The HamburgHammer Column
I hope I am not tempting fate here, as the player is not quite ours yet, but early signs are promising that French striker Sébastien Haller (pronounced the French way, Sebastioooh ‘Alleeer, you gotta drop the H like a true Cockney and you’re halfway there…LOL) could indeed be West Ham bound.
If rumours are to be believed we have convinced the player of this exciting little PL project we’ve got going in East London, personal terms have been basically agreed including a release clause while the two clubs have apparently also agreed on a fee of around the €40m mark, according to some sources (other sources claim though that a fee is yet to be agreed).
Once again though, the payment structure of any fee could prove to be a major stumbling block as Eintracht Frankfurt may well be demanding a bigger fee upfront than we are willing or capable of handing over.
If we have to pay 20m upfront, I’d still go for it as preseason is already in full swing and we do need quality first-choice strikers soon, not freebie stopgaps.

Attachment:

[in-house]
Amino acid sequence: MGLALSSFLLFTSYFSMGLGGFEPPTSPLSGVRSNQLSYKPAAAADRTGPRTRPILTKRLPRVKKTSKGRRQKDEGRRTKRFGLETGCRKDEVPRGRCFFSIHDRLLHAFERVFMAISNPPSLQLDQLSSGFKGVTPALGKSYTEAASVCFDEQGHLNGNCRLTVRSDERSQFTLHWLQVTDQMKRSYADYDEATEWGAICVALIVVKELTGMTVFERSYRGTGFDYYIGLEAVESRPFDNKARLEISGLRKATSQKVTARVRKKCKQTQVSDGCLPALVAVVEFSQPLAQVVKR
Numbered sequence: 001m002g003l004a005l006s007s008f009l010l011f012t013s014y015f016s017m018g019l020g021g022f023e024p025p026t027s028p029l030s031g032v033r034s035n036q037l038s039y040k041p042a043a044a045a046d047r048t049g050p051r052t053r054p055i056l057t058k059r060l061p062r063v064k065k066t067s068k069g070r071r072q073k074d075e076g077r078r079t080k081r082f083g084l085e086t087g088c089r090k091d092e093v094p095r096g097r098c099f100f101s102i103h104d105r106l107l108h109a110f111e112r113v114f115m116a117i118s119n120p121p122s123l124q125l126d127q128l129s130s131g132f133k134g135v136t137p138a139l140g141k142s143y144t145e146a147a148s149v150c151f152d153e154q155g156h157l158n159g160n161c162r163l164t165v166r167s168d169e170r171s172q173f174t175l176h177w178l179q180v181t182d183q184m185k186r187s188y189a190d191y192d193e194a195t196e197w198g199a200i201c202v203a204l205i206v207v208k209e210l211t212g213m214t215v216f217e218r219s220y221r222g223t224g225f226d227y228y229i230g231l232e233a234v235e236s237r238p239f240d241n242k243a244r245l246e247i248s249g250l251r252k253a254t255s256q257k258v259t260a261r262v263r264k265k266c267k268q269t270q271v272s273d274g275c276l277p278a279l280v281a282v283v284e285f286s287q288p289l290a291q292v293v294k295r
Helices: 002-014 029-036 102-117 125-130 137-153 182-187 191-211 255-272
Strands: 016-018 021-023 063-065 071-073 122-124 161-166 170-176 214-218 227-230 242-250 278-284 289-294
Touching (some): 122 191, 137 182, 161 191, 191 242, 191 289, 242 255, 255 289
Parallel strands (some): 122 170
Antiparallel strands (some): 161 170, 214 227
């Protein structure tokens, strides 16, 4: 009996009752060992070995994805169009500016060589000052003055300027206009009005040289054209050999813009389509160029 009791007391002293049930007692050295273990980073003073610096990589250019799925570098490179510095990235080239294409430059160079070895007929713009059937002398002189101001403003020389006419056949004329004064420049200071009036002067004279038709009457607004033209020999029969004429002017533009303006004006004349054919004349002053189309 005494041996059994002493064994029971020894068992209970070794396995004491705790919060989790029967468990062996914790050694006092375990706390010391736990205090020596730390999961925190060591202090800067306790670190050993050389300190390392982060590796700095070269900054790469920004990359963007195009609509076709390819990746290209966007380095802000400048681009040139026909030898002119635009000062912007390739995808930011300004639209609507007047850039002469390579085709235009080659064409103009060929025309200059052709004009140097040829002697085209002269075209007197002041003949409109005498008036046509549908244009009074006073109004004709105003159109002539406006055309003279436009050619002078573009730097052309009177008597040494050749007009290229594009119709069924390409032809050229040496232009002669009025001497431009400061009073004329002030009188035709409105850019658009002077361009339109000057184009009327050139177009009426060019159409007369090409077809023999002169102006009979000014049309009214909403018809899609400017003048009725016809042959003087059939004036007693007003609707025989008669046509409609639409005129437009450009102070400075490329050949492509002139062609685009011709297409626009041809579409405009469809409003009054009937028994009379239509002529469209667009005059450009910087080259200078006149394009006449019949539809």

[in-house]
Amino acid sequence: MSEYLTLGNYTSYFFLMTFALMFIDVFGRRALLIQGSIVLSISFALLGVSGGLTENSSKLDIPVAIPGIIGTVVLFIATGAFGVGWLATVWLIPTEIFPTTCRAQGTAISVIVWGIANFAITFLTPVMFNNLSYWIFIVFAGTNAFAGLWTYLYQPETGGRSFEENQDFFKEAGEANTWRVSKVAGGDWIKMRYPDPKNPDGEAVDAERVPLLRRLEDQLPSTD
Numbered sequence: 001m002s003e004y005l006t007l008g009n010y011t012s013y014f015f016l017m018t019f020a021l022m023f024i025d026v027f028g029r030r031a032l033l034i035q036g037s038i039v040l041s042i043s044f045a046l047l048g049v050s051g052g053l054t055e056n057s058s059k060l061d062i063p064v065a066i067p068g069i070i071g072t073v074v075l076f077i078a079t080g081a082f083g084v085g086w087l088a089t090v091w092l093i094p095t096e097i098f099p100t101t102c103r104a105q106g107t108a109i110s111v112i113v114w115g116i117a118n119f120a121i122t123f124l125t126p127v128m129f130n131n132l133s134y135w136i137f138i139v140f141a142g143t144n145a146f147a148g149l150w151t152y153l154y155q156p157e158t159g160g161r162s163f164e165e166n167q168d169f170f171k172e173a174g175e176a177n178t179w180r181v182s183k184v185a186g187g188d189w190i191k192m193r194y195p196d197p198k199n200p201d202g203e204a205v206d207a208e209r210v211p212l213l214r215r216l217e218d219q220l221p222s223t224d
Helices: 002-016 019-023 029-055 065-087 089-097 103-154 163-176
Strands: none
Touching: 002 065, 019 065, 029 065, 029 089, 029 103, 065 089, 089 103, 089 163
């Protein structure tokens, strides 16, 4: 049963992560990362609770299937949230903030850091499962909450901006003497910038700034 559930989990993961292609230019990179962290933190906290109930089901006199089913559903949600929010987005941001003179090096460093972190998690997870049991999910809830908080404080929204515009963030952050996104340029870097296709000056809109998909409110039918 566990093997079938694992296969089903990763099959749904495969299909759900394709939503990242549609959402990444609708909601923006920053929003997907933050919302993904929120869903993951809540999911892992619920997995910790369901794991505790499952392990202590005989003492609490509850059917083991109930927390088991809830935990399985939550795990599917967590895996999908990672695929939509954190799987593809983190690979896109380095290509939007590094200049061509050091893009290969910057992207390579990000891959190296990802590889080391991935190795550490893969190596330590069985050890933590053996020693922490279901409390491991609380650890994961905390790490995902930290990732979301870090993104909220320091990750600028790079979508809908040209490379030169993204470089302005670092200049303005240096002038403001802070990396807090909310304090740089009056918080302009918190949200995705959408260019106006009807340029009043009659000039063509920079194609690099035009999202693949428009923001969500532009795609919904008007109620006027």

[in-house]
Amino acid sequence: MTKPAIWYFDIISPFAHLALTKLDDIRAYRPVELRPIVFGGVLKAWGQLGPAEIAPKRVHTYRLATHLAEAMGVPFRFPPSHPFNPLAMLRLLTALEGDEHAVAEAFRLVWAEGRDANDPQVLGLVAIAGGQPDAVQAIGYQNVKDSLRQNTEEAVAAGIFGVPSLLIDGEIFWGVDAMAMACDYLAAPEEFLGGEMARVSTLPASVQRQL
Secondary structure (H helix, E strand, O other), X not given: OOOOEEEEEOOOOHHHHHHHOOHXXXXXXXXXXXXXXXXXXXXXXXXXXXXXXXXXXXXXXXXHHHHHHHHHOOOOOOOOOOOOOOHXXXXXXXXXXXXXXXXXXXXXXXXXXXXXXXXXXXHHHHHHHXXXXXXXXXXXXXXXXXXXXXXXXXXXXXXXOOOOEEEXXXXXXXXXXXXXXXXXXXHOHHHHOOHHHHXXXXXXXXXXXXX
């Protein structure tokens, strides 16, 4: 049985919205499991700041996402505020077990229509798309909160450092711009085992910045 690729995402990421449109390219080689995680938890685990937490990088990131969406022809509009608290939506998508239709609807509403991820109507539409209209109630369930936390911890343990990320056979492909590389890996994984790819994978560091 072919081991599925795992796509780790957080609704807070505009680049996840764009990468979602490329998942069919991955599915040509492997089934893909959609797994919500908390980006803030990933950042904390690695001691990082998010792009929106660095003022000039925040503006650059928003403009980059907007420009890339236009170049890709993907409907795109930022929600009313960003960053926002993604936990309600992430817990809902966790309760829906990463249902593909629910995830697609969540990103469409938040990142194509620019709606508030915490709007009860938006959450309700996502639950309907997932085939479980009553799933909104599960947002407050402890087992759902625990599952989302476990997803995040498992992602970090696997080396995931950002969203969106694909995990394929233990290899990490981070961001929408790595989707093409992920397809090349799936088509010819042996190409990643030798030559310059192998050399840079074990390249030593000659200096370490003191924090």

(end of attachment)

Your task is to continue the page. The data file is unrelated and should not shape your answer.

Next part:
As Mario Husillos has surprisingly travelled with our squad to China for the preseason tournament there, the West Ham director of football will have to continue negotiations for Haller by email or telephone conversations which would suggest that the face to face negotiations from now on mainly rest with either club intermediaries or David Sullivan himself. Is that a good or bad thing ? I’m not really sure, so fingers crossed and God be with us!
I’d still like to go ahead regardless and assume we will eventually sign up Haller (after losing out in the quest to sign new Valencia striker Maxi Gomez who may or may not have been used deliberately as an elaborate smokescreen for our real target(s), who knows ?).